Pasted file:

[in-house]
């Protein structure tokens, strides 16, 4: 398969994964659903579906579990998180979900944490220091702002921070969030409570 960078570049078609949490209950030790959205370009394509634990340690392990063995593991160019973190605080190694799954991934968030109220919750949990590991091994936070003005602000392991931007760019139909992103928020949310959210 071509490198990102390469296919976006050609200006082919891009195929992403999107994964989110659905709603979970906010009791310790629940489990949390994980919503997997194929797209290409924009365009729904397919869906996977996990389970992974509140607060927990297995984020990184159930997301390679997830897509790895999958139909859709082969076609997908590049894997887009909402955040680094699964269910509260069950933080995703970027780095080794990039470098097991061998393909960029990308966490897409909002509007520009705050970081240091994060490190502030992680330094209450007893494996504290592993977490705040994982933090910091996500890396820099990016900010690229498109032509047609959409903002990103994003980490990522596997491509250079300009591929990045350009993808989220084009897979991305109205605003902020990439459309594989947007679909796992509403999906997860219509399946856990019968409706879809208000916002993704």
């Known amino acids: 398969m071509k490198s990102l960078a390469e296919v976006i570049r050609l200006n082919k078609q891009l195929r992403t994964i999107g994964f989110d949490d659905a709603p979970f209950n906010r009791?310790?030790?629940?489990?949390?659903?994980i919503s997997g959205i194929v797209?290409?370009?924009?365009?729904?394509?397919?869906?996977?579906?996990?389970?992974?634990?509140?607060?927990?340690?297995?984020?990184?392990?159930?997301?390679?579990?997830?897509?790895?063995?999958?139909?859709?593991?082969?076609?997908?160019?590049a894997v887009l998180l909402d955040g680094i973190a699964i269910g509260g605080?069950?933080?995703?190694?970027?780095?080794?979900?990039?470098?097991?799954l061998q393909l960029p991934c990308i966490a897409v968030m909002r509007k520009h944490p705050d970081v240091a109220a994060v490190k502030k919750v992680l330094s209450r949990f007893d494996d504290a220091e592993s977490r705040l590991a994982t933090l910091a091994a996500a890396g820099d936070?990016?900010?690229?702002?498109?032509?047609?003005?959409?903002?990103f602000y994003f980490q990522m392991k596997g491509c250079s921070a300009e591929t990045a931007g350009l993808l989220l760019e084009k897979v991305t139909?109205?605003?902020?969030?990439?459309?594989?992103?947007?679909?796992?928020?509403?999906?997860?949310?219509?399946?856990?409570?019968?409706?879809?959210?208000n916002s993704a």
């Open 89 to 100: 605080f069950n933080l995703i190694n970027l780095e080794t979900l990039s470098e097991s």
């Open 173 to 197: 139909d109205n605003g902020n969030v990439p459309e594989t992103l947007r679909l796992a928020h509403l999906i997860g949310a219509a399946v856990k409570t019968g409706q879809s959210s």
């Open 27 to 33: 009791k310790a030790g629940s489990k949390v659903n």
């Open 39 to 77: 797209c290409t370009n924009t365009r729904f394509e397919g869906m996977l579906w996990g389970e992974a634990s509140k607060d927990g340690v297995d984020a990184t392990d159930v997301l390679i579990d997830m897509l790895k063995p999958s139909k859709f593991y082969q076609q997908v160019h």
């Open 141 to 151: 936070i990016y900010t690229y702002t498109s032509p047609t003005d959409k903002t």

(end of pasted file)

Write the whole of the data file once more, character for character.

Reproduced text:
[in-house]
């Protein structure tokens, strides 16, 4: 398969994964659903579906579990998180979900944490220091702002921070969030409570 960078570049078609949490209950030790959205370009394509634990340690392990063995593991160019973190605080190694799954991934968030109220919750949990590991091994936070003005602000392991931007760019139909992103928020949310959210 071509490198990102390469296919976006050609200006082919891009195929992403999107994964989110659905709603979970906010009791310790629940489990949390994980919503997997194929797209290409924009365009729904397919869906996977996990389970992974509140607060927990297995984020990184159930997301390679997830897509790895999958139909859709082969076609997908590049894997887009909402955040680094699964269910509260069950933080995703970027780095080794990039470098097991061998393909960029990308966490897409909002509007520009705050970081240091994060490190502030992680330094209450007893494996504290592993977490705040994982933090910091996500890396820099990016900010690229498109032509047609959409903002990103994003980490990522596997491509250079300009591929990045350009993808989220084009897979991305109205605003902020990439459309594989947007679909796992509403999906997860219509399946856990019968409706879809208000916002993704």
């Known amino acids: 398969m071509k490198s990102l960078a390469e296919v976006i570049r050609l200006n082919k078609q891009l195929r992403t994964i999107g994964f989110d949490d659905a709603p979970f209950n906010r009791?310790?030790?629940?489990?949390?659903?994980i919503s997997g959205i194929v797209?290409?370009?924009?365009?729904?394509?397919?869906?996977?579906?996990?389970?992974?634990?509140?607060?927990?340690?297995?984020?990184?392990?159930?997301?390679?579990?997830?897509?790895?063995?999958?139909?859709?593991?082969?076609?997908?160019?590049a894997v887009l998180l909402d955040g680094i973190a699964i269910g509260g605080?069950?933080?995703?190694?970027?780095?080794?979900?990039?470098?097991?799954l061998q393909l960029p991934c990308i966490a897409v968030m909002r509007k520009h944490p705050d970081v240091a109220a994060v490190k502030k919750v992680l330094s209450r949990f007893d494996d504290a220091e592993s977490r705040l590991a994982t933090l910091a091994a996500a890396g820099d936070?990016?900010?690229?702002?498109?032509?047609?003005?959409?903002?990103f602000y994003f980490q990522m392991k596997g491509c250079s921070a300009e591929t990045a931007g350009l993808l989220l760019e084009k897979v991305t139909?109205?605003?902020?969030?990439?459309?594989?992103?947007?679909?796992?928020?509403?999906?997860?949310?219509?399946?856990?409570?019968?409706?879809?959210?208000n916002s993704a």
């Open 89 to 100: 605080f069950n933080l995703i190694n970027l780095e080794t979900l990039s470098e097991s």
């Open 173 to 197: 139909d109205n605003g902020n969030v990439p459309e594989t992103l947007r679909l796992a928020h509403l999906i997860g949310a219509a399946v856990k409570t019968g409706q879809s959210s």
């Open 27 to 33: 009791k310790a030790g629940s489990k949390v659903n």
């Open 39 to 77: 797209c290409t370009n924009t365009r729904f394509e397919g869906m996977l579906w996990g389970e992974a634990s509140k607060d927990g340690v297995d984020a990184t392990d159930v997301l390679i579990d997830m897509l790895k063995p999958s139909k859709f593991y082969q076609q997908v160019h």
């Open 141 to 151: 936070i990016y900010t690229y702002t498109s032509p047609t003005d959409k903002t």